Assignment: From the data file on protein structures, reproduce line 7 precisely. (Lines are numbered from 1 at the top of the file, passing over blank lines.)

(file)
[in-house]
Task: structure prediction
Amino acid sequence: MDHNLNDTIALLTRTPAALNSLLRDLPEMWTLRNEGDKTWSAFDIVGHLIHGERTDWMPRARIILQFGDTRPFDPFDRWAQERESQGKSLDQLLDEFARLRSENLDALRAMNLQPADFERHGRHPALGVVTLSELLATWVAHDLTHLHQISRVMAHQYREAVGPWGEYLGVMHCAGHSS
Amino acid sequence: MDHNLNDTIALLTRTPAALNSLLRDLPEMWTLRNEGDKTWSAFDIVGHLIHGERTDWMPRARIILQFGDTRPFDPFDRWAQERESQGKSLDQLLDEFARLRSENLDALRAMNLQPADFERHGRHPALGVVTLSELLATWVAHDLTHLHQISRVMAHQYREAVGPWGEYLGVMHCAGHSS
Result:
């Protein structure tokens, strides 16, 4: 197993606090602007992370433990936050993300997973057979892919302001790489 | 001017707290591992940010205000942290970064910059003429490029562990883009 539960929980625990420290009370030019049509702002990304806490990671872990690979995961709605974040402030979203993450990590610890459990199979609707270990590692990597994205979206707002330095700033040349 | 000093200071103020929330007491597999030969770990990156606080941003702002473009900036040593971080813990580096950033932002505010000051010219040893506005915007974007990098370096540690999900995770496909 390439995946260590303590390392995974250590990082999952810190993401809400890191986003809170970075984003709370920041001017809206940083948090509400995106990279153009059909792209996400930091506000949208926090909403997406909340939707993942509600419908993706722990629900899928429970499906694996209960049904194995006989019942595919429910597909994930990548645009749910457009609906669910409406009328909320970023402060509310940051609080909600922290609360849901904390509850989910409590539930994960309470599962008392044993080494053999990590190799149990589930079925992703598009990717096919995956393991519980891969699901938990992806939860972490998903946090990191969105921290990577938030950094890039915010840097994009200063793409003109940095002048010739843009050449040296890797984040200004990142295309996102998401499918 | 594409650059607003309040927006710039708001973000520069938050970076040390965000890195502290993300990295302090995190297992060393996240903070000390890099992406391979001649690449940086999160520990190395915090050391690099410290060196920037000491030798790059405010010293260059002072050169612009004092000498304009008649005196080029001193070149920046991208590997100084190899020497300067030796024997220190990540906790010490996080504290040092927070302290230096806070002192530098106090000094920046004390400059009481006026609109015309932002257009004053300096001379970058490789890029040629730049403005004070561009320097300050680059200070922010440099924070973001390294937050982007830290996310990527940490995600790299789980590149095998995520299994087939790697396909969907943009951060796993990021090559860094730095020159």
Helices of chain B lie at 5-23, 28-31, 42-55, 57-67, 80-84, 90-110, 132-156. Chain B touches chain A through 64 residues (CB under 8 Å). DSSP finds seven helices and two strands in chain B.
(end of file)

Helices of chain B lie at 5-23, 28-31, 42-55, 57-67, 80-84, 90-110, 132-156. Chain B touches chain A through 64 residues (CB under 8 Å). DSSP finds seven helices and two strands in chain B.